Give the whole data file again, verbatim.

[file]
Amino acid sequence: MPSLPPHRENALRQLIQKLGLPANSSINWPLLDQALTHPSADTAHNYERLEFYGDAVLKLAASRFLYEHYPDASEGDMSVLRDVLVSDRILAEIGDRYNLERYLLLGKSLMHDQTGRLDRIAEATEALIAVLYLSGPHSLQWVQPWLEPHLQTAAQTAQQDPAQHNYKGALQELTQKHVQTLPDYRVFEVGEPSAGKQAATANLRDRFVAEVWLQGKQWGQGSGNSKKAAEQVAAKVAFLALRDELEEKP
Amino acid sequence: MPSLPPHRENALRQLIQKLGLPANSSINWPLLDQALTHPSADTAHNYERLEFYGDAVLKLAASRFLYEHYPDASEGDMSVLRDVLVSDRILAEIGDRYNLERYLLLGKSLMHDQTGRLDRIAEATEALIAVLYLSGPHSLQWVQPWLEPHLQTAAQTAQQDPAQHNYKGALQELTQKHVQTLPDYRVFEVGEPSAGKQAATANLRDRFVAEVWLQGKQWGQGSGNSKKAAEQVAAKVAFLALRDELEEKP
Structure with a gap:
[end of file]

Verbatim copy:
Amino acid sequence: MPSLPPHRENALRQLIQKLGLPANSSINWPLLDQALTHPSADTAHNYERLEFYGDAVLKLAASRFLYEHYPDASEGDMSVLRDVLVSDRILAEIGDRYNLERYLLLGKSLMHDQTGRLDRIAEATEALIAVLYLSGPHSLQWVQPWLEPHLQTAAQTAQQDPAQHNYKGALQELTQKHVQTLPDYRVFEVGEPSAGKQAATANLRDRFVAEVWLQGKQWGQGSGNSKKAAEQVAAKVAFLALRDELEEKP
Amino acid sequence: MPSLPPHRENALRQLIQKLGLPANSSINWPLLDQALTHPSADTAHNYERLEFYGDAVLKLAASRFLYEHYPDASEGDMSVLRDVLVSDRILAEIGDRYNLERYLLLGKSLMHDQTGRLDRIAEATEALIAVLYLSGPHSLQWVQPWLEPHLQTAAQTAQQDPAQHNYKGALQELTQKHVQTLPDYRVFEVGEPSAGKQAATANLRDRFVAEVWLQGKQWGQGSGNSKKAAEQVAAKVAFLALRDELEEKP
Structure with a gap: